Sheba’s ears are floppy and triangular, and when she faces into the wind the airflow lifts them up and they stick out like little wings. That always makes me smile, and when we’re out in the wind I always try to get her to face the right way to make it happen. After a while she’ll give me a look- if she could talk she’d just say “Silly person, stop it.”- and go back to sniffing the snow banks.
In Summer, Sheba bounces around and lives up to the Springer part of her breed name. In winter, with freshly fallen snow halfway up her legs, she doesn’t jump so much. But she will still do funny things like sticking almost her whole head into a bank of crispy, fluffy snow just to get a better sniff of what’s underneath. When she pulls out she has a white beard and eyebrows- another thing that makes me laugh- then she huffs and shakes it off.
Maybe Sheba’s doing little doggy laughs when she looks at me. I couldn’t blame her. My boots are furry and warm, with a cage thing on the bottom with criss-crossing coils of wire to improve the grip. They’re deliberately too big, so’s I can wear big woolly socks that come up to my knees. I’m wearing Nana’s old winter coat, that I’m not big enough to fit yet, with fleeces and thermals underneath. My hat has a bobble on the top and cheek muffs that fold down and should tie under my chin, though I’m just holding them in place with my scarf. My gloves give me cartoon hands which can’t hold anything properly and I’m tugging the clear circular “flying saucer” sledge that Daddy made from a sheet of spare perspex. Even with the snow I think it took me longer to get ready than it will to walk up the hill.
Mrs. Aiden is old. She’s always been old, as long as I’ve known her. She has grey hair and grey skin brightened by spidery red veins on her cheeks and is quite skinny, though you can’t tell that with her winter layers on. The walls of her cottage are very thick, with lots of insulation, so she can afford to keep it hot inside. Once I’m through the three doors into the kitchen I stand on the welcome mat as the snow melts and runs off me and I begin to sweat. I hold out the boxes I pulled up the hill on the sledge.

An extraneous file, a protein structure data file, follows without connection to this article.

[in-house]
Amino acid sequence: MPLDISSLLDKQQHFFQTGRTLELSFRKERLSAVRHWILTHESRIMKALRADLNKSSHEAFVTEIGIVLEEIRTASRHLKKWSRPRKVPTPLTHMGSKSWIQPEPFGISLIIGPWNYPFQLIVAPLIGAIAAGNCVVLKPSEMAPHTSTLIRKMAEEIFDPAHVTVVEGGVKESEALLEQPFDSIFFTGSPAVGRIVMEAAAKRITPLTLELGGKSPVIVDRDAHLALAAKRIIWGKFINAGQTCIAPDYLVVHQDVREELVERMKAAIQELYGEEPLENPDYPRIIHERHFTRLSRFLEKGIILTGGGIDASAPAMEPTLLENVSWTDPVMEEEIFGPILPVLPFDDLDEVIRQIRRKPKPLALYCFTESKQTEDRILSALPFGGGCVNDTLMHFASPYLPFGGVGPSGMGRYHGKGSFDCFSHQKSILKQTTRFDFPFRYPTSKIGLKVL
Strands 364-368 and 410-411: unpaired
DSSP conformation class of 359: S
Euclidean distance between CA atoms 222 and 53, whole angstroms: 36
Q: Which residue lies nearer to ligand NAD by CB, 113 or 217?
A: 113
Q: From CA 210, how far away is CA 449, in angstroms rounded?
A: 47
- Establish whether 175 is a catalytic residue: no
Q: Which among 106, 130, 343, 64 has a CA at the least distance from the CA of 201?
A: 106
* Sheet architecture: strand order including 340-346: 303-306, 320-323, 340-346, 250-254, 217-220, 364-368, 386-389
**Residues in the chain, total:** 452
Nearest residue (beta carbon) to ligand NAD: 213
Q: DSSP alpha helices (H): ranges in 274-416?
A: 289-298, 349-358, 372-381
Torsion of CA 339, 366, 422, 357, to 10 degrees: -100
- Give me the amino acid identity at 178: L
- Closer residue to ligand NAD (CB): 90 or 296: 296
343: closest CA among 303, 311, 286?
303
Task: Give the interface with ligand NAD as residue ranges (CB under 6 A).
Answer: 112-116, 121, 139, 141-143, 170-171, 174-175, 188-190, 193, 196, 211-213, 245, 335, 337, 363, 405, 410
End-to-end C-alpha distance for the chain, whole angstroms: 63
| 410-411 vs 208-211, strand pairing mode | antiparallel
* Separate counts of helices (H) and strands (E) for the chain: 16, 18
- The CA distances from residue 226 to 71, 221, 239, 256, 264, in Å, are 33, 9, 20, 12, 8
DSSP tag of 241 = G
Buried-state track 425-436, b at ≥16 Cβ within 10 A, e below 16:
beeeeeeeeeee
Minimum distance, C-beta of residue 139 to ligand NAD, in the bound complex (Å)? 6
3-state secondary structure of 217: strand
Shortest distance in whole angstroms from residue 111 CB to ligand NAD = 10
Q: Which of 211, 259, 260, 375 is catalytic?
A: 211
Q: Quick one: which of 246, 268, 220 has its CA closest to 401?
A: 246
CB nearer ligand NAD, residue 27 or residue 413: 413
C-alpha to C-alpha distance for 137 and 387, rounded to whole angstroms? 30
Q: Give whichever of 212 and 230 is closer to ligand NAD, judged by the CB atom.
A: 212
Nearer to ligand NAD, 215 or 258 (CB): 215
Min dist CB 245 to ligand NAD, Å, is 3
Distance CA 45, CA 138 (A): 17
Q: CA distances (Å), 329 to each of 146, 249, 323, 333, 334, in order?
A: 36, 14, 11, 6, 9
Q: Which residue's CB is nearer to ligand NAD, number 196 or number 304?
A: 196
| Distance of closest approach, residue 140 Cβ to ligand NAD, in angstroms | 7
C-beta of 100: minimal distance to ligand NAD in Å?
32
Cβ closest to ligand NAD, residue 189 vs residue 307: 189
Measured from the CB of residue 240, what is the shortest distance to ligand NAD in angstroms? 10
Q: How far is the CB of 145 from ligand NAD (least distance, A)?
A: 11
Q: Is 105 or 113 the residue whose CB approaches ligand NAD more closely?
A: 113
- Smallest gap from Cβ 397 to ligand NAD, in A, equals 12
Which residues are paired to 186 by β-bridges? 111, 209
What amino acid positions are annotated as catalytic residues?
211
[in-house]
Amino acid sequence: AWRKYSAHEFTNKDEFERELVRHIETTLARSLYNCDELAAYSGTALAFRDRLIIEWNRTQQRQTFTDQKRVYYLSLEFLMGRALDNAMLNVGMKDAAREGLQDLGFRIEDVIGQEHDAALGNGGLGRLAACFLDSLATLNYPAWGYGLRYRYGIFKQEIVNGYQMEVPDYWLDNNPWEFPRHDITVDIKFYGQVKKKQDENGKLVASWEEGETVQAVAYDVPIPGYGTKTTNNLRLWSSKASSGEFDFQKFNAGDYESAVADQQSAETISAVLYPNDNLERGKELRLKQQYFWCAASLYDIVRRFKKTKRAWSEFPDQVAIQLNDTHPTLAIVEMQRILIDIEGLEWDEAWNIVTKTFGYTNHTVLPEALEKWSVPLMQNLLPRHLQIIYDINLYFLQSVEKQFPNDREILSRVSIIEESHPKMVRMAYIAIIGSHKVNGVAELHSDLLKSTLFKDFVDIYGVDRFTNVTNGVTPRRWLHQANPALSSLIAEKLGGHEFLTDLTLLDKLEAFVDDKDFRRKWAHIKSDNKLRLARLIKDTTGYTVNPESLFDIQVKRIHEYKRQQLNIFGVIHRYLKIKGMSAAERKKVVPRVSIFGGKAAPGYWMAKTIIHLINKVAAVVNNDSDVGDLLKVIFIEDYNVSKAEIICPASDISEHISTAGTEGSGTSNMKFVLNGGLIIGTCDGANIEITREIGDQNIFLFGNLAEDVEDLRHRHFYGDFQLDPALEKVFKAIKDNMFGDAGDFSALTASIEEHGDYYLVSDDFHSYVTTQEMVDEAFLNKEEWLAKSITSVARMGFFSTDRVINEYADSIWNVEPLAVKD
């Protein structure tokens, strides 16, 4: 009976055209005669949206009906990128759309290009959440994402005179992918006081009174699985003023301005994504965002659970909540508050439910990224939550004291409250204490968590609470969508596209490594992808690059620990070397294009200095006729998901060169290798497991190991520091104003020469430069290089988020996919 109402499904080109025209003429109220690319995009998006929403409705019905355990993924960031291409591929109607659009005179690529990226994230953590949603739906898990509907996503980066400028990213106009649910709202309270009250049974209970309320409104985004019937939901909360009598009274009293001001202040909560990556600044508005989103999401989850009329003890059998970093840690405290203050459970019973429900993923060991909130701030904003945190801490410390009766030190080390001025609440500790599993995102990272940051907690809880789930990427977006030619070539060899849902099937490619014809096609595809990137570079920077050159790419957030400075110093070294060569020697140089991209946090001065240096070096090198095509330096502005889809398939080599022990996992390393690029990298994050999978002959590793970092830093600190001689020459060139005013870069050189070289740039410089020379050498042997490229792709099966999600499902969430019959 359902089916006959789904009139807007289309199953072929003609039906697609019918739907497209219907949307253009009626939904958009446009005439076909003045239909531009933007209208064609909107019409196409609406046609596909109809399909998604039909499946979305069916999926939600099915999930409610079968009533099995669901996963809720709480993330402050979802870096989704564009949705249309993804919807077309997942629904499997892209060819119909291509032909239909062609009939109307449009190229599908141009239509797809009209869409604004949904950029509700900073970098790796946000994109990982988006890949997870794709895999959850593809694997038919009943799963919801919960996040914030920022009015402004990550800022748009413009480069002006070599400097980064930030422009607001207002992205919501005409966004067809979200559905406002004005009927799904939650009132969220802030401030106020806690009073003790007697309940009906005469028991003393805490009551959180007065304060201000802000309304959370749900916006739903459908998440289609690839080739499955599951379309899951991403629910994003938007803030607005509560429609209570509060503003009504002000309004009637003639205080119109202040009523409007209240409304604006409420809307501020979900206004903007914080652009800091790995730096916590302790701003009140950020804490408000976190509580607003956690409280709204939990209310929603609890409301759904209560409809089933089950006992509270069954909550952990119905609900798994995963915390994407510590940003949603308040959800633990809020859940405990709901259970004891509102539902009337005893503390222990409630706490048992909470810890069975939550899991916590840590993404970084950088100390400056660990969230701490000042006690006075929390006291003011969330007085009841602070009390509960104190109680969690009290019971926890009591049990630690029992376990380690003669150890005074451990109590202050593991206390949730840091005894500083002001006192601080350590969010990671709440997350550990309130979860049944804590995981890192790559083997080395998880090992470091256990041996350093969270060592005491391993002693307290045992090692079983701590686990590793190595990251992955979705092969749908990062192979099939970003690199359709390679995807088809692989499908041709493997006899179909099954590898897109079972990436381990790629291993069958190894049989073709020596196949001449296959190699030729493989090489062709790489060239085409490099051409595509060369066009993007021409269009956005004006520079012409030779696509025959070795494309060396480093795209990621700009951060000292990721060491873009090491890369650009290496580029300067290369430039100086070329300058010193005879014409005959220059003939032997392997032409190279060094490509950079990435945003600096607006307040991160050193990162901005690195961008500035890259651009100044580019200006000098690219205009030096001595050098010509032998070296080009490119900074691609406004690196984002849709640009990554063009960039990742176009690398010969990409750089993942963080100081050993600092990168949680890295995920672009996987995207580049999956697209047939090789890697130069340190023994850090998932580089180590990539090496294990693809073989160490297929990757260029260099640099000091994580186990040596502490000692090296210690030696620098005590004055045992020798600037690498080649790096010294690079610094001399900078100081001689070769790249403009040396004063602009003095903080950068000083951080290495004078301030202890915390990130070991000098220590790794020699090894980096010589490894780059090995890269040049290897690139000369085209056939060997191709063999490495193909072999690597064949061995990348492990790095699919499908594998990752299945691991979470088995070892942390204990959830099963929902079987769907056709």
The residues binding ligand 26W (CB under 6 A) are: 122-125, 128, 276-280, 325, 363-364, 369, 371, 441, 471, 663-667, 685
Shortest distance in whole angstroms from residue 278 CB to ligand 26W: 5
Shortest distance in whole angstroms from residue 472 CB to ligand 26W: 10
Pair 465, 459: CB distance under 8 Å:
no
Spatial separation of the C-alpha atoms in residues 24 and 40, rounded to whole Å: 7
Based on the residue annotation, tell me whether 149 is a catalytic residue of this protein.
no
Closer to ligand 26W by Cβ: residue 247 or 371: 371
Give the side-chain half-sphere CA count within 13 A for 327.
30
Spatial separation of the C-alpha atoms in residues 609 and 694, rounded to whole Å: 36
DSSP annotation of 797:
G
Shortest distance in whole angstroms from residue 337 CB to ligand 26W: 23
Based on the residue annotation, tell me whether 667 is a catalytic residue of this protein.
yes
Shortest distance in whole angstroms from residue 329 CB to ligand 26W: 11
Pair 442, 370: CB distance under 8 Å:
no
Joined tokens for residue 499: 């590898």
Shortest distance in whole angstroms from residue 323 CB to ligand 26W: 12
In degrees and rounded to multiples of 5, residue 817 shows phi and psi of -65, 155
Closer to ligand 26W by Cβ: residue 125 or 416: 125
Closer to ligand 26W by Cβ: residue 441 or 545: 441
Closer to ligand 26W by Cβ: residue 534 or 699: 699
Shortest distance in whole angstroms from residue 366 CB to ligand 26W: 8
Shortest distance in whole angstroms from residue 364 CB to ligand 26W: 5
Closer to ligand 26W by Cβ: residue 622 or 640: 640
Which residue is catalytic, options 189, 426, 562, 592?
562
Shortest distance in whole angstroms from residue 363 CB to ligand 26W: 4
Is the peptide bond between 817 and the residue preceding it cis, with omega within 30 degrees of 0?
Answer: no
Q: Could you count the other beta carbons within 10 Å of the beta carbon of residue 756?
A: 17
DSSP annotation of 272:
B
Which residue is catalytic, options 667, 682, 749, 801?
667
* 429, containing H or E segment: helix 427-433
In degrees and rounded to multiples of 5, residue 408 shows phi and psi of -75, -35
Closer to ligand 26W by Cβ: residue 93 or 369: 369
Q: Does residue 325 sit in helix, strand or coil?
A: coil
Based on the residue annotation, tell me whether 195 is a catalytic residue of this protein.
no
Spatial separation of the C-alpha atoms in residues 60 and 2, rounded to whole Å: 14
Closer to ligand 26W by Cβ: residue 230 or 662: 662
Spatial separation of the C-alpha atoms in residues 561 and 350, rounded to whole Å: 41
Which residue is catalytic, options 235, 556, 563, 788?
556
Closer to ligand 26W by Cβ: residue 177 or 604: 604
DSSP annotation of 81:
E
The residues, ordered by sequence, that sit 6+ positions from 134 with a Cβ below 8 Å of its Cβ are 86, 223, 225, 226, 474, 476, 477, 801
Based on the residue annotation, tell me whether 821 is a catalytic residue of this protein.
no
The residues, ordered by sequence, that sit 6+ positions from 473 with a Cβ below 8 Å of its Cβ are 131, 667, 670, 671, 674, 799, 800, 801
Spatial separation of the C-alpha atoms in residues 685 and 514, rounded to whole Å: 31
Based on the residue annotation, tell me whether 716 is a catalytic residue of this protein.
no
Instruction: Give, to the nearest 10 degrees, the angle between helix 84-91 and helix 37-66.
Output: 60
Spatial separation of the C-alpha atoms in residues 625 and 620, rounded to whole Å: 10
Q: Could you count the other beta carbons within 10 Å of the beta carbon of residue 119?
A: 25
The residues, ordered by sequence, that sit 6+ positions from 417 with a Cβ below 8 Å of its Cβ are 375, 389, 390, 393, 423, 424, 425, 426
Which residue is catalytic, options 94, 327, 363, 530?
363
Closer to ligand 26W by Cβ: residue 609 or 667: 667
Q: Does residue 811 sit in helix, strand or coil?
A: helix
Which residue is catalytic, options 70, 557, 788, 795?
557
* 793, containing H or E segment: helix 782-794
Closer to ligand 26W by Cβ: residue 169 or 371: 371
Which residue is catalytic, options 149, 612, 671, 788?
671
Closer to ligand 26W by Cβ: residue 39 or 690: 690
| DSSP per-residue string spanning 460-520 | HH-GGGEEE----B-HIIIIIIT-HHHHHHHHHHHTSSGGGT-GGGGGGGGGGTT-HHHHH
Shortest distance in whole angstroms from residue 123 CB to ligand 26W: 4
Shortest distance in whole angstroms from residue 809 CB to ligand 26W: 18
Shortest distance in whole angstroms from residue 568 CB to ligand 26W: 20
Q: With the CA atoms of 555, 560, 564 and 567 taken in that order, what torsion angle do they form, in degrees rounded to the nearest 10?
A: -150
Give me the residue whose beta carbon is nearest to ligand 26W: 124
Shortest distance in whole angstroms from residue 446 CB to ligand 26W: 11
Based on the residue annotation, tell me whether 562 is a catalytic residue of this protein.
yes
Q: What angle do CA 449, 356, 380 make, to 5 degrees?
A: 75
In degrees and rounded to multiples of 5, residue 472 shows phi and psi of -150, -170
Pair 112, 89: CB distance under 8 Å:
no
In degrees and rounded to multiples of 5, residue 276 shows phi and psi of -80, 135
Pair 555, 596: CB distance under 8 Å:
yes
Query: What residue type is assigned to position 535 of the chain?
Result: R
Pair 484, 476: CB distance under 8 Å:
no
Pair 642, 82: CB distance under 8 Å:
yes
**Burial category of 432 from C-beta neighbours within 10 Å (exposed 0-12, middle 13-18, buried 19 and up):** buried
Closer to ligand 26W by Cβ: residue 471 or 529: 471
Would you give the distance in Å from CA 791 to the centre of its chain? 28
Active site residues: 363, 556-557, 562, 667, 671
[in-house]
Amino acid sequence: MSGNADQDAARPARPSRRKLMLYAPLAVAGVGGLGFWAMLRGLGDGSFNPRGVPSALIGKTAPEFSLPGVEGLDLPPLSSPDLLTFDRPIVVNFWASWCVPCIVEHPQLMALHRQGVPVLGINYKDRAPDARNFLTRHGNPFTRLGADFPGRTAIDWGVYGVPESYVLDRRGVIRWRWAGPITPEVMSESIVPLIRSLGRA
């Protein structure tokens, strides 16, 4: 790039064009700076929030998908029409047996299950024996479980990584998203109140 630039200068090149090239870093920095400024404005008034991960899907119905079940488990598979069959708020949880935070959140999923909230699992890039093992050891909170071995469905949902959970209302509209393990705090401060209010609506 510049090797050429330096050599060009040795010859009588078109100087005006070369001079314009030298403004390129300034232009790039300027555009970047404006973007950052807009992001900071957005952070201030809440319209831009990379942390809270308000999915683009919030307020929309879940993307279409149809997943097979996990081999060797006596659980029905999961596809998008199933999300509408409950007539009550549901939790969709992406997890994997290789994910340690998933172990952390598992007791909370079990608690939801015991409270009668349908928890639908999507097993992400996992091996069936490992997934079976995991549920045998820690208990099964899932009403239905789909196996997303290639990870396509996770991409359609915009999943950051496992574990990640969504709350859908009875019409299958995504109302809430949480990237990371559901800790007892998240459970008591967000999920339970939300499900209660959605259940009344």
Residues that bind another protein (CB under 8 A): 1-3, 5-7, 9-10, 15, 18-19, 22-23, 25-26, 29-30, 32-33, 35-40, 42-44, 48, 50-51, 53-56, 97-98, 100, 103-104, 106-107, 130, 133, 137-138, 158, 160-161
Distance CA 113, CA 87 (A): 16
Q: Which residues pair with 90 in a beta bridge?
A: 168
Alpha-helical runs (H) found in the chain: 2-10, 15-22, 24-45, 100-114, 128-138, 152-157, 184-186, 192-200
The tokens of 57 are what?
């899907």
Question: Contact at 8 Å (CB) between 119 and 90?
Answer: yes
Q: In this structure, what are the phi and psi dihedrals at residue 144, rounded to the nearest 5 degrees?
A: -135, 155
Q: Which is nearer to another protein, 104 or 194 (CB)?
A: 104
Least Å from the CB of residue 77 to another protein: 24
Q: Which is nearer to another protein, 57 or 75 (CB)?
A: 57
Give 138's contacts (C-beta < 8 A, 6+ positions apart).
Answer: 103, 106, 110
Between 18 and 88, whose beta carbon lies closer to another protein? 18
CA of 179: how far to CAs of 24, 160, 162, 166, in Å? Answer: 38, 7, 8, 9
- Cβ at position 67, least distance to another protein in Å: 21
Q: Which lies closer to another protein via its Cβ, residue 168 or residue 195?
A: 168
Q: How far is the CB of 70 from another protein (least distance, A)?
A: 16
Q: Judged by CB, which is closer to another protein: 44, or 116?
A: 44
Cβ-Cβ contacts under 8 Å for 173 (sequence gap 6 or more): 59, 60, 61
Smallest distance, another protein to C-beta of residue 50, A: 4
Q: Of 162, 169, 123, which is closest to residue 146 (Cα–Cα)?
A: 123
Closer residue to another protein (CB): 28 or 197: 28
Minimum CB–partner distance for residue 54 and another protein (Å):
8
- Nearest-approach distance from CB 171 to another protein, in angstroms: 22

“Two dozen eggs Mia?” Mrs. Aiden looks surprised, “Are you sure you can spare them?”
“Daddy says the poo powered heating is keeping the chucks happy and they’re really laying. He also said that one of your cakes is worth at least two dozen eggs.”
“Did he now? Well he’s in luck, because I have one of my cakes just for you.” she bustles over to the far worktop and brings me back a plastic box with a firmly sealed lid. It’s heavy for its size, Mrs. Aiden’s cakes are dense, moist and very tasty. “Would you like some tea love? The kettle’s about to boil.”
I’m about to boil too, and getting out of these clothes will be too much work if I’m just going to get back into them. “No thanks Mrs. Aiden. Grandda was just starting to make lunch when I set off. It should be ready by the time I get back.”
Sheba is curled up outside the outer door. Through the double glazing I can see her tail start to wag as I open the middle door, but she doesn’t jump up until I’m outside again. I’d propped the flying saucer against the wall. I lay it in the middle of the road just where it flattens out at the top of the hill and carefully place the cake tin on it. I clamber on so the box is safely between my legs then I take the rope and twist it around both gloved hands.
From this angle it looks like the windmill on top of the fell is actually sticking out of the chimney of Mrs. Aiden’s cottage. I should tell Grandda that, he could photograph it. I lean back and then jerk my body forward. The sledge moves a little way and sinks slightly into the snow. I repeat the movement and I’m closer to the tipping point. Sheba is giving me a puzzled look. Once more and I’m moving down the hill. I lean back and pull on the rope to lift the front so I don’t shovel up snow. Sheba runs after me. Now she bounces.
The round sledge is very hard to control. It spins all the way around twice as I go down the hill and steers by climbing the snow banks and sliding back down them in a new direction. But I don’t need to guide it. The road runs downhill until it turns right at the end of our drive. I don’t make the turn and carry on onto the yard, coming to a stop just outside the door to Grandda and Nana’s house. And just in time for lunch.
Nana and Grandda and Daddy say there used to be winters like this- and summers almost as hot as we have- before I was born. But they happen every year now, not every ten or fifteen. I asked Daddy what it was like when there was this much snow and people weren’t ready for it and he showed me some old video on the net. It was funny, but a little sad. All those people trapped away from their families because no-one had known how much snow they had to plan for.